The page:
The first of these was the Construction (Design & Management) Regulations4 (“CDM Regulations”). These placed, in many regards, much more onerous obligations on designers and contractors than existed previously, including for example the need for a designer to produce a “Design Hazard Identification and Risk Assessment”. These obligations, of course, are reinforced by s40 of HSWA which reverses the normal balance of proof – it is for the accused to show that they have complied with the provisions of the legislation. For this, and many other reasons the CDM Regulations must be applied with great care and appropriate records kept by those who are subject to them.

Secondly, the Corporate Manslaughter and Corporate Homicide Act5 introduced the statutory offences of corporate manslaughter in England and corporate homicide in Scotland. The Act in s1 provides that an offence may have been committed if an organisation’s activities are managed or organised so as to cause a person’s death and to amount to a “…gross breach of a relevant duty of care owed by the organisation to the deceased.” Craig6 indicates that the Sentencing Guidelines Council has suggested a fine equal to 5% of an organisation’s annual turnover. However, in at least one case, Cotswold Holdings Ltd8, this percentage was markedly increased with the fine exceeding the company’s turnover.

Engineers often see the law as “dry and tedious” and there is, perhaps understandably, an inclination on the part of many engineers to opt-out and leave legal matters to the lawyers. This may work with respect to the civil issues – contract and delict – although the wisdom of such a route is perhaps questionable. There can be no such opt-out in the case of statutory duties and responsibilities. Moreover, these duties and responsibilities can only be met properly by the engineer in the design office or on the site, the factory or the yard – and you can’t carry a lawyer in your pocket. It is clearly difficult for these responsibilities to be satisfactorily met if they are not fully understood. Such understanding requires study and such study should begin at undergraduate level or immediately thereafter.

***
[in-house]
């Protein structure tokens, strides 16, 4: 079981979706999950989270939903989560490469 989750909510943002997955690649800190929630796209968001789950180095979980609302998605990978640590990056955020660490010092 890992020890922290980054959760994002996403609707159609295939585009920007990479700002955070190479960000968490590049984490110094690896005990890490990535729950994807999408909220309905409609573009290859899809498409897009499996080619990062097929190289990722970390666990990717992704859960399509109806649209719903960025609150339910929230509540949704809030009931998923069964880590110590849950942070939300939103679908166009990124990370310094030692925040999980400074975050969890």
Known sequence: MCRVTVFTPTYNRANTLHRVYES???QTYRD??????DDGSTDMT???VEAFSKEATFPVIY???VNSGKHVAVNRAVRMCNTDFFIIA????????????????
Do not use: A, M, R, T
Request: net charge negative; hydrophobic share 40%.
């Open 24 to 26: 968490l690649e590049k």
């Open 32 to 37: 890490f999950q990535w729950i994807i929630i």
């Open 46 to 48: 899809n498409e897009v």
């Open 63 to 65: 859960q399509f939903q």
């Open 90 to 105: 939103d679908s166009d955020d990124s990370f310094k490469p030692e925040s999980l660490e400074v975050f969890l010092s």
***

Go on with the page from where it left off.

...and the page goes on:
A fundamental responsibility of all professionals is that they should have an understanding of the law as it applies to their work. Moreover, it is axiomatic that “Ignorance of the law is no excuse.” Arguably, it is also axiomatic that those of us responsible for the education, training, supervision or mentoring of young engineers must ensure that those young engineers have a knowledge of the law appropriate to the work they are being asked to do. Experience shows that this is not always the case.


  1. Health and Safety at Work etc Act 1974
  2. Housing Grants, Construction and Regeneration Act 1996
  3. Gillies Ramsay Diamond v PJW Enterprises Ltd [2002] Scotcs 340
  4. Construction (Design and Management) Regulations 2007
  5. Corporate Manslaughter and Corporate Homicide Act 2007
  6. R Craig, “Thou shalt do no murder: a discussion paper on the Corporate Manslaughter and Corporate Homicide Act 2007”, 2009 Comp Law 30(1), 17-20
  7. R v Cotswold Holdings Ltd [2011] EWCA Crim 1337

The opinions expressed are those of the author and do not necessarily reflect the views of IES.